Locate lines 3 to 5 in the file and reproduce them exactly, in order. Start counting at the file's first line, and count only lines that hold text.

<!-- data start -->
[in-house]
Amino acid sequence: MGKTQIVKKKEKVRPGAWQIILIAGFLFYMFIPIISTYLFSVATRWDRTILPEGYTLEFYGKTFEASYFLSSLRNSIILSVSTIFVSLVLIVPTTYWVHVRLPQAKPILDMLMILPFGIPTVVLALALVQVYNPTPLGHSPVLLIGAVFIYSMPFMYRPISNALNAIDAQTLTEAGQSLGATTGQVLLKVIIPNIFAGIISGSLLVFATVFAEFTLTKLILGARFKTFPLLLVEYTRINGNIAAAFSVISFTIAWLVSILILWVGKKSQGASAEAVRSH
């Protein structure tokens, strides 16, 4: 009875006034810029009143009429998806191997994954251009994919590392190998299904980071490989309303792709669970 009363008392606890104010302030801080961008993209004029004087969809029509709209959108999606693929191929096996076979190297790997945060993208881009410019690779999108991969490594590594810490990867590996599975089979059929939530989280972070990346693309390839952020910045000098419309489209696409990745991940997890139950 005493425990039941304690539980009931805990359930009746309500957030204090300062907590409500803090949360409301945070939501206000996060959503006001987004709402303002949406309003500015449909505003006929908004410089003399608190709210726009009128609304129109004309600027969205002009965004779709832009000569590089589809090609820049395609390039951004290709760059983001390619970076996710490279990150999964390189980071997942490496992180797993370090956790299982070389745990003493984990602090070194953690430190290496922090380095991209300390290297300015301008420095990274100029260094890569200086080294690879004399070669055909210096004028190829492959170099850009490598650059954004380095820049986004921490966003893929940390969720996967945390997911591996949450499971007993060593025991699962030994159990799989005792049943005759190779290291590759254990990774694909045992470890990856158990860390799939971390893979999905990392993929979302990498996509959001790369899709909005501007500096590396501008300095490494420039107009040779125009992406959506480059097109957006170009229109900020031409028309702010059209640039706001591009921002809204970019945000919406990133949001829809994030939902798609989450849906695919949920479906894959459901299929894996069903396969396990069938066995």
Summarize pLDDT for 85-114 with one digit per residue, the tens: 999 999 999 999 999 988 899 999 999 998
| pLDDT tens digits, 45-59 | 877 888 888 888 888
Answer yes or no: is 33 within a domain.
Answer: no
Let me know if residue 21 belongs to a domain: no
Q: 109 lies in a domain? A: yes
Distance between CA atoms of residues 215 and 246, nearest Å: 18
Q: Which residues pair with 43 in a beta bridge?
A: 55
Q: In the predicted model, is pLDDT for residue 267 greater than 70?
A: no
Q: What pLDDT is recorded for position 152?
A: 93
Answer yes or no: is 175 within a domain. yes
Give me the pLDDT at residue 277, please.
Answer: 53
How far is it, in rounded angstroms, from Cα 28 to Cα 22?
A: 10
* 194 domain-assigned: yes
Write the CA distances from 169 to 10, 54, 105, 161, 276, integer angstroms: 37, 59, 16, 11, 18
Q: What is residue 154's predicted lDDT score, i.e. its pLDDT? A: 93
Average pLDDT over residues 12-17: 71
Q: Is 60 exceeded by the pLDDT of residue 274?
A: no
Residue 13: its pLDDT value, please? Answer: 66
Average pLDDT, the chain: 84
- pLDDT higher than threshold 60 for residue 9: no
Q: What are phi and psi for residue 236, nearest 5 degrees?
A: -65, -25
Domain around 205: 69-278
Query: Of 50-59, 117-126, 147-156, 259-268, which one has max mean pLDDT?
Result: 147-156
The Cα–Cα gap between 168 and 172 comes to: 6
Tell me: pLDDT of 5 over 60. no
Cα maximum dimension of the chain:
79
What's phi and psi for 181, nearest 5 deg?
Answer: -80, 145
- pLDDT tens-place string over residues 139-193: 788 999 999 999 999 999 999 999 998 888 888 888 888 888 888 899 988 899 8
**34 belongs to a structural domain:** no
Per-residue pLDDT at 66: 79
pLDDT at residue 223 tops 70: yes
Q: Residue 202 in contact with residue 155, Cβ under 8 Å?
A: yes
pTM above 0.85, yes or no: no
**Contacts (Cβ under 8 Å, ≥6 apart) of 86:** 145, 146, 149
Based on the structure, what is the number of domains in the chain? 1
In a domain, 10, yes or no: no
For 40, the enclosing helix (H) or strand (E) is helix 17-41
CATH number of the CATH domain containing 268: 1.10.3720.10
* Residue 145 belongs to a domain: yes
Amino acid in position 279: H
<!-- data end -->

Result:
């Protein structure tokens, strides 16, 4: 009875006034810029009143009429998806191997994954251009994919590392190998299904980071490989309303792709669970 009363008392606890104010302030801080961008993209004029004087969809029509709209959108999606693929191929096996076979190297790997945060993208881009410019690779999108991969490594590594810490990867590996599975089979059929939530989280972070990346693309390839952020910045000098419309489209696409990745991940997890139950 005493425990039941304690539980009931805990359930009746309500957030204090300062907590409500803090949360409301945070939501206000996060959503006001987004709402303002949406309003500015449909505003006929908004410089003399608190709210726009009128609304129109004309600027969205002009965004779709832009000569590089589809090609820049395609390039951004290709760059983001390619970076996710490279990150999964390189980071997942490496992180797993370090956790299982070389745990003493984990602090070194953690430190290496922090380095991209300390290297300015301008420095990274100029260094890569200086080294690879004399070669055909210096004028190829492959170099850009490598650059954004380095820049986004921490966003893929940390969720996967945390997911591996949450499971007993060593025991699962030994159990799989005792049943005759190779290291590759254990990774694909045992470890990856158990860390799939971390893979999905990392993929979302990498996509959001790369899709909005501007500096590396501008300095490494420039107009040779125009992406959506480059097109957006170009229109900020031409028309702010059209640039706001591009921002809204970019945000919406990133949001829809994030939902798609989450849906695919949920479906894959459901299929894996069903396969396990069938066995």
Summarize pLDDT for 85-114 with one digit per residue, the tens: 999 999 999 999 999 988 899 999 999 998
| pLDDT tens digits, 45-59 | 877 888 888 888 888